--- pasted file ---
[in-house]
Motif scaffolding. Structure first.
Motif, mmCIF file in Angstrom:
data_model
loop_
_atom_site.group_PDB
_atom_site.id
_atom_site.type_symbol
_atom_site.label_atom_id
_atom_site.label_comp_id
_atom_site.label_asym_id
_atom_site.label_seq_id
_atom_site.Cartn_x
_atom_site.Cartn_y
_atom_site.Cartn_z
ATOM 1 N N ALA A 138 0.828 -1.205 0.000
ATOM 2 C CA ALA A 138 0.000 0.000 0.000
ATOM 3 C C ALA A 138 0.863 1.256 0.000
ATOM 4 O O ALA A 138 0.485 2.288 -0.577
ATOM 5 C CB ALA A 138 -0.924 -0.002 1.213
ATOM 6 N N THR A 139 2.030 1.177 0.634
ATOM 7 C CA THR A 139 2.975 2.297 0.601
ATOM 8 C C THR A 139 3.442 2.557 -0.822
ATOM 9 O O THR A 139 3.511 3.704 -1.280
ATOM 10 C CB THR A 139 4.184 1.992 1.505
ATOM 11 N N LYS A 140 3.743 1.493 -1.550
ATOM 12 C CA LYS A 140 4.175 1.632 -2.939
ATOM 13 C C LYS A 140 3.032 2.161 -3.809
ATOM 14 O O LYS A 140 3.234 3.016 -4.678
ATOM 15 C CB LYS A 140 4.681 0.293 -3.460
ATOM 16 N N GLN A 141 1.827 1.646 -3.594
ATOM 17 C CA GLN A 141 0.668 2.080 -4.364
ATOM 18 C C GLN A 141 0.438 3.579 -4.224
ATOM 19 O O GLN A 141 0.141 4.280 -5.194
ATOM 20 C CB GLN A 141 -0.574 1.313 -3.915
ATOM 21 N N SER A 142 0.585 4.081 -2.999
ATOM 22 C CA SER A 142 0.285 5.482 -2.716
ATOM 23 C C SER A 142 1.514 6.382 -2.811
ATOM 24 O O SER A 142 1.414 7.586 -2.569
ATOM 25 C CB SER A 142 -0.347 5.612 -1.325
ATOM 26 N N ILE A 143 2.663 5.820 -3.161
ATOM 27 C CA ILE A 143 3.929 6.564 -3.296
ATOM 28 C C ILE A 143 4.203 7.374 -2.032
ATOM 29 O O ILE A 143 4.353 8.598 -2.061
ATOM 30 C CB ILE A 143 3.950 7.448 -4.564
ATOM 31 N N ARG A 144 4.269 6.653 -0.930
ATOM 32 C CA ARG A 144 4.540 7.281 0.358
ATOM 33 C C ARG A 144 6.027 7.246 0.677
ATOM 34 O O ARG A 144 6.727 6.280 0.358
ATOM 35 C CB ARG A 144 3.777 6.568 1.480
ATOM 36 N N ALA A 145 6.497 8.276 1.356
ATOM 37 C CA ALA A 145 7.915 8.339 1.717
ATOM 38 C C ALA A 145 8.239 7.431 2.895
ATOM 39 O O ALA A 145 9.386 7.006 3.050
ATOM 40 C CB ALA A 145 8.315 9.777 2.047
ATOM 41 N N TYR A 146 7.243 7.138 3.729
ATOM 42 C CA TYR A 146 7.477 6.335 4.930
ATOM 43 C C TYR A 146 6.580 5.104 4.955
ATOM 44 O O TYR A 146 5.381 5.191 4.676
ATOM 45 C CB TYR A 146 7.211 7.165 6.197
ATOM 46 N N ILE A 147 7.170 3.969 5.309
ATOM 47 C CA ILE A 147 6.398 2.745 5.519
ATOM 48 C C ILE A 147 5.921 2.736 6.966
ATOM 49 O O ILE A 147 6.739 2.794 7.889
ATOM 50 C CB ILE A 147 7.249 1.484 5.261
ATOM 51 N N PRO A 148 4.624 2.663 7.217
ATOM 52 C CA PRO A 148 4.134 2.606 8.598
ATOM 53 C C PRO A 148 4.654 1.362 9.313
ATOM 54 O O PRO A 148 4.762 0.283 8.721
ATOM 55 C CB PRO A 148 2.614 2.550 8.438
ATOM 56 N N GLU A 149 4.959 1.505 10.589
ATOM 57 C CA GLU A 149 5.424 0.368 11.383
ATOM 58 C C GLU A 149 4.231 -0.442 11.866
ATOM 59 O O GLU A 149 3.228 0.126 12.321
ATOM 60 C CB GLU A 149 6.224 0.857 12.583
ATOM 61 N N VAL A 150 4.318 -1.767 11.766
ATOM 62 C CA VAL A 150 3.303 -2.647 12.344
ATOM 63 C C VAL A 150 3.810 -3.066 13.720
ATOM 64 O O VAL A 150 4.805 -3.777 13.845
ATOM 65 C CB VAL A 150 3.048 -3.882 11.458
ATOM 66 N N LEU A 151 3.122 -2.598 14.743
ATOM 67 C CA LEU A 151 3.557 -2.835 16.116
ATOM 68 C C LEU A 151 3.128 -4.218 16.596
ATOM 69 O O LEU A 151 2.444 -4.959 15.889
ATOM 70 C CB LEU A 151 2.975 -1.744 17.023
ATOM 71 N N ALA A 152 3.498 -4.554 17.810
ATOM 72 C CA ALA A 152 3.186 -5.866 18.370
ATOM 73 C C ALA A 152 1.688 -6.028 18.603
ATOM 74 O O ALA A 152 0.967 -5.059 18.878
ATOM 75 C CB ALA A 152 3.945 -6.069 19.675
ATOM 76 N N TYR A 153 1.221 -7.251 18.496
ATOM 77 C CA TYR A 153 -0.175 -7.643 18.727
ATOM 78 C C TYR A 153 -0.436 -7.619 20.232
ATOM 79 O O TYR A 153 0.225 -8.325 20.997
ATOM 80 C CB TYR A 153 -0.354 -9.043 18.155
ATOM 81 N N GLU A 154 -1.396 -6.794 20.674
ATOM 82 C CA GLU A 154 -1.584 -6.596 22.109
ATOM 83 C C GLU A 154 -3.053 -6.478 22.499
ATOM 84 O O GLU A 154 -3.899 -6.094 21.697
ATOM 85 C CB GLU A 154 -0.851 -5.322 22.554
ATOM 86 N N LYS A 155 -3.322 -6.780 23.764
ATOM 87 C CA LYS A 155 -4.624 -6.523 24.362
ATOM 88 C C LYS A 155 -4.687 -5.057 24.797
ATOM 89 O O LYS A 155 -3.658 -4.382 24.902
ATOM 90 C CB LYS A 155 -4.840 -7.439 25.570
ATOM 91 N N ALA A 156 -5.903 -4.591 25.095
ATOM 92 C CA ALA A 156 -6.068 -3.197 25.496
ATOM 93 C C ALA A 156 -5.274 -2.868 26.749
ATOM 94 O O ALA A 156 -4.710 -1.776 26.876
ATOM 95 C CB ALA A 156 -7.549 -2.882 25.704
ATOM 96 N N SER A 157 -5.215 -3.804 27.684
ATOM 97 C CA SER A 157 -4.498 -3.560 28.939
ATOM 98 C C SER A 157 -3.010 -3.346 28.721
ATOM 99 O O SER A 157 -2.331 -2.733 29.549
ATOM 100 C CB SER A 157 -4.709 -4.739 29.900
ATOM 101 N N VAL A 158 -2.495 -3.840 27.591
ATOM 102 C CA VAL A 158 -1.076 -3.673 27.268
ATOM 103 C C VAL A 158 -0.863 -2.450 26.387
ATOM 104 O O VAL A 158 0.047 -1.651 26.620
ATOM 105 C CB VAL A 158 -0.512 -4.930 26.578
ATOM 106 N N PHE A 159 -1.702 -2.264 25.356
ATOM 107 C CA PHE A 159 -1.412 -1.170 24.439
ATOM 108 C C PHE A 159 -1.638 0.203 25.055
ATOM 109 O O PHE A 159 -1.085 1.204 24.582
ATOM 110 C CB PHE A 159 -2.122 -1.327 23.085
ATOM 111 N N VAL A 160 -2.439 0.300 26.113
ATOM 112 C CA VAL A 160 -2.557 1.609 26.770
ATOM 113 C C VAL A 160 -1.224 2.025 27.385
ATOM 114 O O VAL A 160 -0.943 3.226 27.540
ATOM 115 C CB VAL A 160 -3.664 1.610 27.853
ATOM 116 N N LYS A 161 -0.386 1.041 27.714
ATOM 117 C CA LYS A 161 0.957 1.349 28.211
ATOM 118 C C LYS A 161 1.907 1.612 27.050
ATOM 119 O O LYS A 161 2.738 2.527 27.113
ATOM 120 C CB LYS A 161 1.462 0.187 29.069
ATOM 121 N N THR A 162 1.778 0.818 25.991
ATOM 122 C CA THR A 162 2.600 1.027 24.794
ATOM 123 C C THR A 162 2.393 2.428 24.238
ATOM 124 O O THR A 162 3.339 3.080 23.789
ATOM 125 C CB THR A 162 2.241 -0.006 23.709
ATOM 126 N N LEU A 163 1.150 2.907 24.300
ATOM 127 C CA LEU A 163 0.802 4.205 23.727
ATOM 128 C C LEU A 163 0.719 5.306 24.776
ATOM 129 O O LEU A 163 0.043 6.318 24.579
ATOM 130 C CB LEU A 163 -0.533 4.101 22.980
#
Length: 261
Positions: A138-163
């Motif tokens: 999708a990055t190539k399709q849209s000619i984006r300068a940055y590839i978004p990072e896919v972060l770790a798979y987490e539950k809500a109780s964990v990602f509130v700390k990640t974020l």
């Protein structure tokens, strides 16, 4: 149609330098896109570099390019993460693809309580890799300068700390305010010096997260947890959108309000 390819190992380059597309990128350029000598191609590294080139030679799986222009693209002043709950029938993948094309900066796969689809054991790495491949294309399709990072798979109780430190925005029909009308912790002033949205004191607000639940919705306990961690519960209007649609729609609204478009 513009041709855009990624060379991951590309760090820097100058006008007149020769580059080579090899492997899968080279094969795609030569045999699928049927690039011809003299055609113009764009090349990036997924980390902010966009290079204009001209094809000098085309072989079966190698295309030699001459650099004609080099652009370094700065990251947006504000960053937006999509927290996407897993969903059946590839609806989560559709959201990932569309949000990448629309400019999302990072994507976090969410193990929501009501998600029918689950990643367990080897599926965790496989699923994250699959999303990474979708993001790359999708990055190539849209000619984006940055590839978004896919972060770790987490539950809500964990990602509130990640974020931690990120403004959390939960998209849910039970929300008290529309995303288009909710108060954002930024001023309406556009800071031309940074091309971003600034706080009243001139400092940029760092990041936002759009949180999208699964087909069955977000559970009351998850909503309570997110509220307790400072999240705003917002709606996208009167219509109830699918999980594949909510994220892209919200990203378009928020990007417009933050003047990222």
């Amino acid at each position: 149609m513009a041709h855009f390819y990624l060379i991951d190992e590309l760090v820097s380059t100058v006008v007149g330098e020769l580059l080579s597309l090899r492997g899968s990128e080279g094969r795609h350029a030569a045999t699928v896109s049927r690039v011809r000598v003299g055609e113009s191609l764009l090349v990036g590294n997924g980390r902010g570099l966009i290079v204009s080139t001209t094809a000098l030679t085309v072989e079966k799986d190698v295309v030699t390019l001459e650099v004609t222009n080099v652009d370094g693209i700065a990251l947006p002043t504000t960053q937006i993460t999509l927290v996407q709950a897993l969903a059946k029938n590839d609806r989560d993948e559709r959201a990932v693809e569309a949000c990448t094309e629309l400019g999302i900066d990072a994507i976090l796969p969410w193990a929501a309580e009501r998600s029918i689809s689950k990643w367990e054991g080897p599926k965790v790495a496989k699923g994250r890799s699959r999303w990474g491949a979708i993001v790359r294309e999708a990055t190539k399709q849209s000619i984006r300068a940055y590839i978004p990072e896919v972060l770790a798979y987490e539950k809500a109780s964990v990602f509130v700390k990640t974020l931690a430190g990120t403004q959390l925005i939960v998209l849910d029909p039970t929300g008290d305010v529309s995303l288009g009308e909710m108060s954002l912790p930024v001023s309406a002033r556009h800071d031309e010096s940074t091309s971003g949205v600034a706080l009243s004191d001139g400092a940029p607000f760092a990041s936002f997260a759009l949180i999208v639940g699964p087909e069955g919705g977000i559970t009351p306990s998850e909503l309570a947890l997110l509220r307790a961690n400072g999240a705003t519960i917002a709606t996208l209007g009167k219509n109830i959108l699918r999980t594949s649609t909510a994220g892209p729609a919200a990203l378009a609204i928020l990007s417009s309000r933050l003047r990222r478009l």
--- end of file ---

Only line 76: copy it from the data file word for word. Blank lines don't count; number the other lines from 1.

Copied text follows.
ATOM 61 N N VAL A 150 4.318 -1.767 11.766